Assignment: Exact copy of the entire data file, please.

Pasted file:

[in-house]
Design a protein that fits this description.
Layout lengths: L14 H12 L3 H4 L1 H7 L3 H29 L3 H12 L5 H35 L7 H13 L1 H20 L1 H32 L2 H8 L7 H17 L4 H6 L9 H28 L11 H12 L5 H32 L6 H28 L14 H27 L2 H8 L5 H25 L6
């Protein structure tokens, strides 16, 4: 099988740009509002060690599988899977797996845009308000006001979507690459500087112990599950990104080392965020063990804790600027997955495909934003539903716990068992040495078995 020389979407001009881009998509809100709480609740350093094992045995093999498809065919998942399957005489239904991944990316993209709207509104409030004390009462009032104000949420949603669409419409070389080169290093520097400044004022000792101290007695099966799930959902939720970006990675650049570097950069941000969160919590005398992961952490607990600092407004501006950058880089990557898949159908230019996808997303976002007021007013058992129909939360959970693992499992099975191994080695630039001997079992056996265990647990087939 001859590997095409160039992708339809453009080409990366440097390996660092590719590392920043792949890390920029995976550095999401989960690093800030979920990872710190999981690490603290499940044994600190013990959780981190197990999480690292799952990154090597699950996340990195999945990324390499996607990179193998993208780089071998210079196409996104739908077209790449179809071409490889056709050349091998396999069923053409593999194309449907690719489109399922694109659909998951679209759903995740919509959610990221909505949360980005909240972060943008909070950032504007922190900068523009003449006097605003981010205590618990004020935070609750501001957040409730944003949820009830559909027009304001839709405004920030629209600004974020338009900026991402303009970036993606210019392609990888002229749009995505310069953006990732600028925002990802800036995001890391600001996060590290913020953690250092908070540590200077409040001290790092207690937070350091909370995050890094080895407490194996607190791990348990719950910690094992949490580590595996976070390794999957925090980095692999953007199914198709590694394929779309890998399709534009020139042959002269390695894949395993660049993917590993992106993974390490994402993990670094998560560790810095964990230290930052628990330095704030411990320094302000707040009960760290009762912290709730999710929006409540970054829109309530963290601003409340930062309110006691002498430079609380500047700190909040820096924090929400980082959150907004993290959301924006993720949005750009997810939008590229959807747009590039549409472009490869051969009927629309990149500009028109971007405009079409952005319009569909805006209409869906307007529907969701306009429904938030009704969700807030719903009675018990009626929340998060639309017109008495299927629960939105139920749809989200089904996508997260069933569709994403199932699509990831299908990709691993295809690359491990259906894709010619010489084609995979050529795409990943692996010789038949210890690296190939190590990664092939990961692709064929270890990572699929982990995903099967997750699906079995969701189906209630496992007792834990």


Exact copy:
[in-house]
Design a protein that fits this description.
Layout lengths: L14 H12 L3 H4 L1 H7 L3 H29 L3 H12 L5 H35 L7 H13 L1 H20 L1 H32 L2 H8 L7 H17 L4 H6 L9 H28 L11 H12 L5 H32 L6 H28 L14 H27 L2 H8 L5 H25 L6
């Protein structure tokens, strides 16, 4: 099988740009509002060690599988899977797996845009308000006001979507690459500087112990599950990104080392965020063990804790600027997955495909934003539903716990068992040495078995 020389979407001009881009998509809100709480609740350093094992045995093999498809065919998942399957005489239904991944990316993209709207509104409030004390009462009032104000949420949603669409419409070389080169290093520097400044004022000792101290007695099966799930959902939720970006990675650049570097950069941000969160919590005398992961952490607990600092407004501006950058880089990557898949159908230019996808997303976002007021007013058992129909939360959970693992499992099975191994080695630039001997079992056996265990647990087939 001859590997095409160039992708339809453009080409990366440097390996660092590719590392920043792949890390920029995976550095999401989960690093800030979920990872710190999981690490603290499940044994600190013990959780981190197990999480690292799952990154090597699950996340990195999945990324390499996607990179193998993208780089071998210079196409996104739908077209790449179809071409490889056709050349091998396999069923053409593999194309449907690719489109399922694109659909998951679209759903995740919509959610990221909505949360980005909240972060943008909070950032504007922190900068523009003449006097605003981010205590618990004020935070609750501001957040409730944003949820009830559909027009304001839709405004920030629209600004974020338009900026991402303009970036993606210019392609990888002229749009995505310069953006990732600028925002990802800036995001890391600001996060590290913020953690250092908070540590200077409040001290790092207690937070350091909370995050890094080895407490194996607190791990348990719950910690094992949490580590595996976070390794999957925090980095692999953007199914198709590694394929779309890998399709534009020139042959002269390695894949395993660049993917590993992106993974390490994402993990670094998560560790810095964990230290930052628990330095704030411990320094302000707040009960760290009762912290709730999710929006409540970054829109309530963290601003409340930062309110006691002498430079609380500047700190909040820096924090929400980082959150907004993290959301924006993720949005750009997810939008590229959807747009590039549409472009490869051969009927629309990149500009028109971007405009079409952005319009569909805006209409869906307007529907969701306009429904938030009704969700807030719903009675018990009626929340998060639309017109008495299927629960939105139920749809989200089904996508997260069933569709994403199932699509990831299908990709691993295809690359491990259906894709010619010489084609995979050529795409990943692996010789038949210890690296190939190590990664092939990961692709064929270890990572699929982990995903099967997750699906079995969701189906209630496992007792834990």